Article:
The iPad Pro Solved My Distraction Problems
Sometimes limitations allow you to be better and more efficient
When I started freelancing and working from home two years ago, I read lots of content about how to be productive at home without falling for all the distractions around you.
So naturally, I disabled all the notifications on my phone, I tried time-blocking my days (that didn’t work out for me), journaling, putting my phone in airplane mode, not open social media on my computer, this kind of stuff.
I feel like we have all read the same advice at this point.
For some reason, it still wasn’t enough for me. As soon as I opened my laptop, the temptation to procrastinate by either distracting myself or by being “fake productive” was just too high. Fake productivity is doing work-related activities that don’t bring much value to your job, such as checking analytics, planning your day for hours, watching educational YouTube content, looking at your competitors’ content on social media. Not that these kinds of tasks aren’t useful, but they’re not always necessary. If you’re a writer, checking out your stats on Medium every 10 minutes doesn’t bring as much value as sitting down and write.
I’m sure you’re familiar with these kinds of distractions and traps I’m talking about.
They’re just as bad as your phone ringing all the time, or your non-stop Instagram notifications. They’re hard to handle, though, because there is no way to make them go away. Not only you can’t make them go away, but these distractions are very easily accessible.
That’s when an iPad comes in handy.
Multitasking on an iPad is hard, and I hope it stays that way.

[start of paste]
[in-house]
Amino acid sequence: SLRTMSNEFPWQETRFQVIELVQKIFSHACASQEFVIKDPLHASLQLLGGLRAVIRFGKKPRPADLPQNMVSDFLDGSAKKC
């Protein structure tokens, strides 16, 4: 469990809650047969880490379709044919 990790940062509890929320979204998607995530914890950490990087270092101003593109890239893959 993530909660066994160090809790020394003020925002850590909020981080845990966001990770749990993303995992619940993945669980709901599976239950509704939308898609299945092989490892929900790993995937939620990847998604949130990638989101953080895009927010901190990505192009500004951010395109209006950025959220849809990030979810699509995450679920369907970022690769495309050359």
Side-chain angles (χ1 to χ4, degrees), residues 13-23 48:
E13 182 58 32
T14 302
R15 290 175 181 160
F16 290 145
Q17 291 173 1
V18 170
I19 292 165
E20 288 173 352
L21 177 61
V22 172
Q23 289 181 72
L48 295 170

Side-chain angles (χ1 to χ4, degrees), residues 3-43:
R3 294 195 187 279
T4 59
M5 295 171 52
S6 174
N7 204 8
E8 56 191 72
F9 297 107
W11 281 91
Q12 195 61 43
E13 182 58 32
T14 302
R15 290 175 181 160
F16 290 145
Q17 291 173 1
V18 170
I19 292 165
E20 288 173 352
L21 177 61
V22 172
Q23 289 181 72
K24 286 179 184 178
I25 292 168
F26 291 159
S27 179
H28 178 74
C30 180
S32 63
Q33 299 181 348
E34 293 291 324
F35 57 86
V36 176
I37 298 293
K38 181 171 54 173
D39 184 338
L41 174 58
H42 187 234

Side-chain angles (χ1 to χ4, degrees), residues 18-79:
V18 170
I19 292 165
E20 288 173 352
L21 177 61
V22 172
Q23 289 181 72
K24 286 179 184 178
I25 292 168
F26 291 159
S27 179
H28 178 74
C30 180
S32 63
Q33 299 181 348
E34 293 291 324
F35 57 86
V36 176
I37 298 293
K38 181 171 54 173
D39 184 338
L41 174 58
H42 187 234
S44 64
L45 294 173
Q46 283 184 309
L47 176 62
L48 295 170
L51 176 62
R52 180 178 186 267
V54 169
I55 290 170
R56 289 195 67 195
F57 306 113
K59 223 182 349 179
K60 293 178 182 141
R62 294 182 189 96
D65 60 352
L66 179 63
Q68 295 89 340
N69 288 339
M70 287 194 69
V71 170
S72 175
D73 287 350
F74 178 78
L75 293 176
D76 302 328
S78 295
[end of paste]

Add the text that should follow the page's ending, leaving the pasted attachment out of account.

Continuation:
Even the large 12.9-inch display iPad Pro doesn’t make multitasking that easy.
Every time Apple talks about their new iPad OS (or previously, iOS for iPads), they show you how you can handle multiple apps at once, and how multitasking is now easier than ever.
Easier than ever, yes. Practical and comfortable, not really.
It might just be a matter of habit, but I find multitasking on the iPad such a pain. Not every app is optimized for multitasking, app windows are small, the click and drag features don’t always work for me. I just don’t get it, and I can’t seem to make it work as smoothly as Apple makes it seem.
From watching other iPad Pro users, I think a lot of them have similar experiences with the multitasking features.
If I’m writing a note on a word processor while doing some research on Safari at the same time, I find it quicker to switch between the two apps using the Command + Tab keyboard shortcut. The apps can display full screen, so it’s easier to navigate, and I don’t have to deal with a tiny word processor interface next to an iPhone-size version of Safari.
I’m slightly exaggerating, but you get the idea.
With the workflow I decided to go for, which I described just above, I deal with all of my apps full screen. That means the doc at the bottom of the screen is not showing, and because I disabled notifications, the app that I opened is the only thing that I see. No interruption, no distraction, there is nothing else showing other than the app my iPad is displaying.
While this may seem like a limitation on paper, it’s the best feature the iPad can provide. Apple focuses so much on the multitasking features of the iPad, spending long minutes every year when they introduce the new iPadOS in their keynotes. I’m sure that’s a better selling argument than saying you can only focus on one thing, but the focus experience the iPad offers is such a strong advantage to me.